Randal: Take a 1-hour walk, half an hour before any argument.
Chantal: Before an argument? (laughs)
Randal: That’s the secret.
Chantal: You are a genius.
If there is one message, we can all get from John and Yoko, and this room: Let’s think about our love relationship more. How much it means to us. What are we giving it? What are we getting from it?
Chantal: Yeah! Forgive each other more.
Randal: Maybe listen to your album when you are in bed.
Chantal: …and listen to your own album when you are in bed. (laughs)
Zac: When is the first-time you guys wrote a song about the other person?
Chantal: I must have written “Until We Die” on my second album Colour Moving and Still about Raine.
Zac: You say must have?
Chantal: I think that was it. I remember he as on tour and I had just written it. I had a show at Molson Amphitheatre in Toronto. I said, if you get home in time, there is an envelope on the counter, bring it with you to the show. Open it when I signal to you. I made him open the paper with the words on it. It was me proclaiming that I wanted to live my whole life with him, in the song.
Raine: It’s a tough one.
Chantal: I know. When I sing it now, I’m like…Oh my God, I was amazing. (laughs) Just kidding.
One of the most beautiful Our Lady Peace songs, to me, is “Apology”. The words in the song…I can’t listen to the song without crying. I can’t. The kids know if we are in the car and it comes on the iPod, Ah…mom’s crying again. It’s so beautiful.
Randal: There is one song you wrote: “I Can Change.” You refer to it as conceiving a song.
Randal: You conceived three boys. What’s the difference between giving birth to a song and giving birth to children? Hopefully one is not as painful.
Raine: It’s funny you ask that because that’s the one song in the film that you see the birth of a song. Form the very first start of the piano riff, to writing the lyrics, working out the melodies and we recorded in that hotel room, on this little island.
Chantal: And that’s what’s on the album.
Randal: That take?
Raine: It was all done in three or four hours. That process is something that is…
Chantal: It’s sacred.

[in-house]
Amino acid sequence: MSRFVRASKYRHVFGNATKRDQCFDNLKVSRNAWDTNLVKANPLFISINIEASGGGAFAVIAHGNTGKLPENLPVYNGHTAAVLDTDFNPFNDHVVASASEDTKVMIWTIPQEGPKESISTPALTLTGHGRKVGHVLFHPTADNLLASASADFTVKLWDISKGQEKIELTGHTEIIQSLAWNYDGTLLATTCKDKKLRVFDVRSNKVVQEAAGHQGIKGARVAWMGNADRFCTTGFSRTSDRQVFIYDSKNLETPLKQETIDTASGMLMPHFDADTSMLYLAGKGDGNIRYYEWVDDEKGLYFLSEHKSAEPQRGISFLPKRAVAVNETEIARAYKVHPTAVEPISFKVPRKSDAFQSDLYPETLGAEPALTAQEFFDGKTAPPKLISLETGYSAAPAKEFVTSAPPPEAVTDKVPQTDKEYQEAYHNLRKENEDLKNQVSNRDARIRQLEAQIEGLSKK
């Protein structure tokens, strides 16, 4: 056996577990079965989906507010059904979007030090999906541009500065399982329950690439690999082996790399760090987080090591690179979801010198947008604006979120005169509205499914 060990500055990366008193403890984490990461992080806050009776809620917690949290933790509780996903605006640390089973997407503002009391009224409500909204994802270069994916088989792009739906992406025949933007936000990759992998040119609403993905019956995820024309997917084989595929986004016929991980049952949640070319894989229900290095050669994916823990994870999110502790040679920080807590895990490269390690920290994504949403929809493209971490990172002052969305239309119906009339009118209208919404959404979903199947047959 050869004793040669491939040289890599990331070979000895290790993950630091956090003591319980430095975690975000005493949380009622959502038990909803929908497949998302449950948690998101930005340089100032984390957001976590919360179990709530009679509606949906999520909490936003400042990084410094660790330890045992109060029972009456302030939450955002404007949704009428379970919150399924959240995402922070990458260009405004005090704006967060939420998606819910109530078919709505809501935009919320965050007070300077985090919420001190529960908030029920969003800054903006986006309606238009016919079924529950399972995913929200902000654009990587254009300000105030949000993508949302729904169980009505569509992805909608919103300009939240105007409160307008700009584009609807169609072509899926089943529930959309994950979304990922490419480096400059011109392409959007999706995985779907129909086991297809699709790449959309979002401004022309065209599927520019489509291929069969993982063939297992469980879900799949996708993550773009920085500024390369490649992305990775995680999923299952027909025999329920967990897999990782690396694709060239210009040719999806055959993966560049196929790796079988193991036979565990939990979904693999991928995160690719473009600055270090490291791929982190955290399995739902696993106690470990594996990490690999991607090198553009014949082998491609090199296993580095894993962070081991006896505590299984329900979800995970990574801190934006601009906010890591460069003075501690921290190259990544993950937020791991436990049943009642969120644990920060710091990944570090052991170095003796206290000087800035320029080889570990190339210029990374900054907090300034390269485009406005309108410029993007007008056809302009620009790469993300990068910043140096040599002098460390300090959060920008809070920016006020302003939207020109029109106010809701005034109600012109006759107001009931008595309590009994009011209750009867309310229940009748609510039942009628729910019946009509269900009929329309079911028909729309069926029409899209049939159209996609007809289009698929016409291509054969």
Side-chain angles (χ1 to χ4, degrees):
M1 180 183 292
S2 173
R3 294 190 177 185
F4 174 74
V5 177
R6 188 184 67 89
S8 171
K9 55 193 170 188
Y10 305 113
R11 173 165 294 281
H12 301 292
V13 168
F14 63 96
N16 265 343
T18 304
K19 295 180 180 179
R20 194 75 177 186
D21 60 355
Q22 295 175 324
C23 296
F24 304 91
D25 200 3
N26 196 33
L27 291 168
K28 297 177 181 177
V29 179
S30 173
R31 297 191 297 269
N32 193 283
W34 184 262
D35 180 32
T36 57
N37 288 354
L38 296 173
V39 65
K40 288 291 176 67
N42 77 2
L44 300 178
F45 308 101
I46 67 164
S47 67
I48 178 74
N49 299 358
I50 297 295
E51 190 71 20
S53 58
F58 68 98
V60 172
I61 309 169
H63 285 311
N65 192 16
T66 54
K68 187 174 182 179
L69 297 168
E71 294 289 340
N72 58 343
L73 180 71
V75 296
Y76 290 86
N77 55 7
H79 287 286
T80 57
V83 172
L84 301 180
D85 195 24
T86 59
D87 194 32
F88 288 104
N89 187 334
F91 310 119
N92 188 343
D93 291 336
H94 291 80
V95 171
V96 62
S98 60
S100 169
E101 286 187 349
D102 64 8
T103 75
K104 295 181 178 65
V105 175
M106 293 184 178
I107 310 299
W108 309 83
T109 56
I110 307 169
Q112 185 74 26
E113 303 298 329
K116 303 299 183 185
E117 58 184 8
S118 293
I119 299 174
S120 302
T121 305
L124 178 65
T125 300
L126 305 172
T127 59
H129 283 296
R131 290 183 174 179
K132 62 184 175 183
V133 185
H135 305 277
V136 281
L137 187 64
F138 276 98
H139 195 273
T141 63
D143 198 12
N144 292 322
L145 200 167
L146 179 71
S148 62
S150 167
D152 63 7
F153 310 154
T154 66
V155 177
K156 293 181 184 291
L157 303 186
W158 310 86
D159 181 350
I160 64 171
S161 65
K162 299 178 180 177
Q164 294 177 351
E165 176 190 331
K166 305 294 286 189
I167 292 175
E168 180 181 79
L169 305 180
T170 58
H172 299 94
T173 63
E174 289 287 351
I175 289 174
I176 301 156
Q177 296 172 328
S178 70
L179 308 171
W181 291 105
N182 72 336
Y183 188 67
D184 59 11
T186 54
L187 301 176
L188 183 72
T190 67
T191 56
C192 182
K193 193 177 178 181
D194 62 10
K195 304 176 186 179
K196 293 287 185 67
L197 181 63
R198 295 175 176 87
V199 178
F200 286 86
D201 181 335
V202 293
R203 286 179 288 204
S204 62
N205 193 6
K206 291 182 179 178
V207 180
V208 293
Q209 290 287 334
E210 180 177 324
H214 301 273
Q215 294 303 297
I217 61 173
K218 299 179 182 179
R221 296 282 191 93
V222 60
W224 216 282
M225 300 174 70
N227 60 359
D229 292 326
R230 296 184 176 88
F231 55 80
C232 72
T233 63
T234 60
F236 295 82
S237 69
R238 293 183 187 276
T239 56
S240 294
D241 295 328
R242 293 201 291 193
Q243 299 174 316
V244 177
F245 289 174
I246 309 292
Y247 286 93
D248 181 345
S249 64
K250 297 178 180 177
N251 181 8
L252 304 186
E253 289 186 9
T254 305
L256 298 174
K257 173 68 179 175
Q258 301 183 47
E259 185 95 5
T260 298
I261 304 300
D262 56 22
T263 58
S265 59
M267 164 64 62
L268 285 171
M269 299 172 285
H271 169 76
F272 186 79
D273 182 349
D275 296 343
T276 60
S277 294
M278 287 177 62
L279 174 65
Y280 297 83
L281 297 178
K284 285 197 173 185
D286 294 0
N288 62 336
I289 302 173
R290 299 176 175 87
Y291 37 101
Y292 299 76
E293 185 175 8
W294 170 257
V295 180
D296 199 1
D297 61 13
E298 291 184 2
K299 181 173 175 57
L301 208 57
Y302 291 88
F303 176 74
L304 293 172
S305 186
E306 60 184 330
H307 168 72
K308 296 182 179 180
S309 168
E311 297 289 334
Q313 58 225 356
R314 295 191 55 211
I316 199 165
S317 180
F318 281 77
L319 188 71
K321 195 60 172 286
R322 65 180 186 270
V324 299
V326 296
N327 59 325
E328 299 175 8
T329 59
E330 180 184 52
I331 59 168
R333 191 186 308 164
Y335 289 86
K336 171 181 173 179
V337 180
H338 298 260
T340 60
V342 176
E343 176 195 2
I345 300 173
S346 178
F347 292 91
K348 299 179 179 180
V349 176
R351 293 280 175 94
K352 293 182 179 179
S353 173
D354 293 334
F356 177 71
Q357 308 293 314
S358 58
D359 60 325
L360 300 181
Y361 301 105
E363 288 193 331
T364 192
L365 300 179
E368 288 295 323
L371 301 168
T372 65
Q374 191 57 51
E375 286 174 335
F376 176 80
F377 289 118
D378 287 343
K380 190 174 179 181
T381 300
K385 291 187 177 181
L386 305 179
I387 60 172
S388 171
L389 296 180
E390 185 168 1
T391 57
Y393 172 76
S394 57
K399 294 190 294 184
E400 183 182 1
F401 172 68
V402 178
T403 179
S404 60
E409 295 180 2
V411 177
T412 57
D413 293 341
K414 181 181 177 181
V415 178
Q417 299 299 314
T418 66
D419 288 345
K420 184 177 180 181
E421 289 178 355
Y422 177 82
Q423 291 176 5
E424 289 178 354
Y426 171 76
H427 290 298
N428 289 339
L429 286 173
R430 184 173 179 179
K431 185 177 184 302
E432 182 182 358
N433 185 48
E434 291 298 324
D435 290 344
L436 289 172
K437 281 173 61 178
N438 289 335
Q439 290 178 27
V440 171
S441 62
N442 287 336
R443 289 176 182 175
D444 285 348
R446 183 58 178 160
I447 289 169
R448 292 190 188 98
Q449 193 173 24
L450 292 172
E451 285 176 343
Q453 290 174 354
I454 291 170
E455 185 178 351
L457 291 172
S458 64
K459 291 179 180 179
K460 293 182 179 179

Raine: It’s so fulfilling, creatively…to be in the moment. And then, to have it documented, to be able to watch it back. I’ve watched a lot of music docs. I’m a music fan at heart. I don’t know if I’ve ever seen THAT.
Randal: That spark.
Raine: From the inception of the idea to being recorded in a small time frame…yeah.
Chantal: It reminds me of when they put the camera in the beaver dam. The first time you got to see the beavers. You go: Holy crap! They clean the nest every night? New nest! It’s so cool and you get to see that. It’s not something that’s exposed very often, beginning to end, you know?
Raine: That song started from an argument.
Chantal: Oh yeah, we were not in a good place.
Raine: It started from tension, so it shows you this cathartic journey that heals everything at the end of the day. We are lucky. We are told that you have to find what your music is.
Chantal: The metaphor of music together is that we collaborate, make harmony with our really different voices. Raine has this deep sound. We share a couple of similarities, we jump to our falsettos and various things, but when we get together, we complement each other. We do that by blending, we do that by listening very carefully to the other person and harmonizing. Finding pitch.
Raine: That’s the key thing in what you said. In life, it’s listening. You said that before.
Chantal: Paying close attention.
Raine: In this dynamic with Moon VS Sun, we listen, more than I’ve ever listened as an artist before in my life.
Chantal: If we can use that as a metaphor for life: Listen a bit more. Be respectful of the other person’s attributes and qualities. Design around that.
Randal: That goes to being heard.
Chantal: Yoko said: We dream alone? No. We dream with someone else. That’s where we get a resolution. That’s where change comes.
Raine: That’s beautiful.
Chantal: We are stronger when we are two. I’ve always loved being an artist alone, but sometimes, when I think about my career, almost 25 years…I feel like I wasn’t doing anything. When I’m with him, I feel like that was like a waste or something. Doing it together, oh my God, it’s so much better than doing it alone.
Randal: There’s a guitar…are we going to hear something?
Chantal & Raine played an intimate song in an intimate setting. 50 years ago, John and Yoko asked to give peace a chance. I’m afraid it wasn’t given a fair chance.
But leaving the macro, and focusing on the micro, “I Can Change” is the new anthem of our generation.
Change can come if everyone changes the way they find fulfillment. Forget about buying things you don’t need, to impress people you don’t know. Focus on those who care and love you.
It’s a message that is so simple, yet more powerful than you could imagine. Making sure our loved ones feel heard. Making sure we create music with our mate, maybe not literal like Chantal and Raine, but the harmony of two different voices coming together.
Having the perspective that getting help is not a sign of failure. Every athlete has a coach.
I always say: You can’t read the label when you are inside the jar. Having an outsider’s perspective can be a powerful advantage, and who doesn’t want an advantage?
I left the room feeling that I can change. I can be better with my relationships. I just need to work harder, not at work, but at home.
Raine said it best: “Make sure that peace starts at home. That’s the way we can change things.”
Interview: Annette Aghazarian
Photos: Steve GerrardShare this :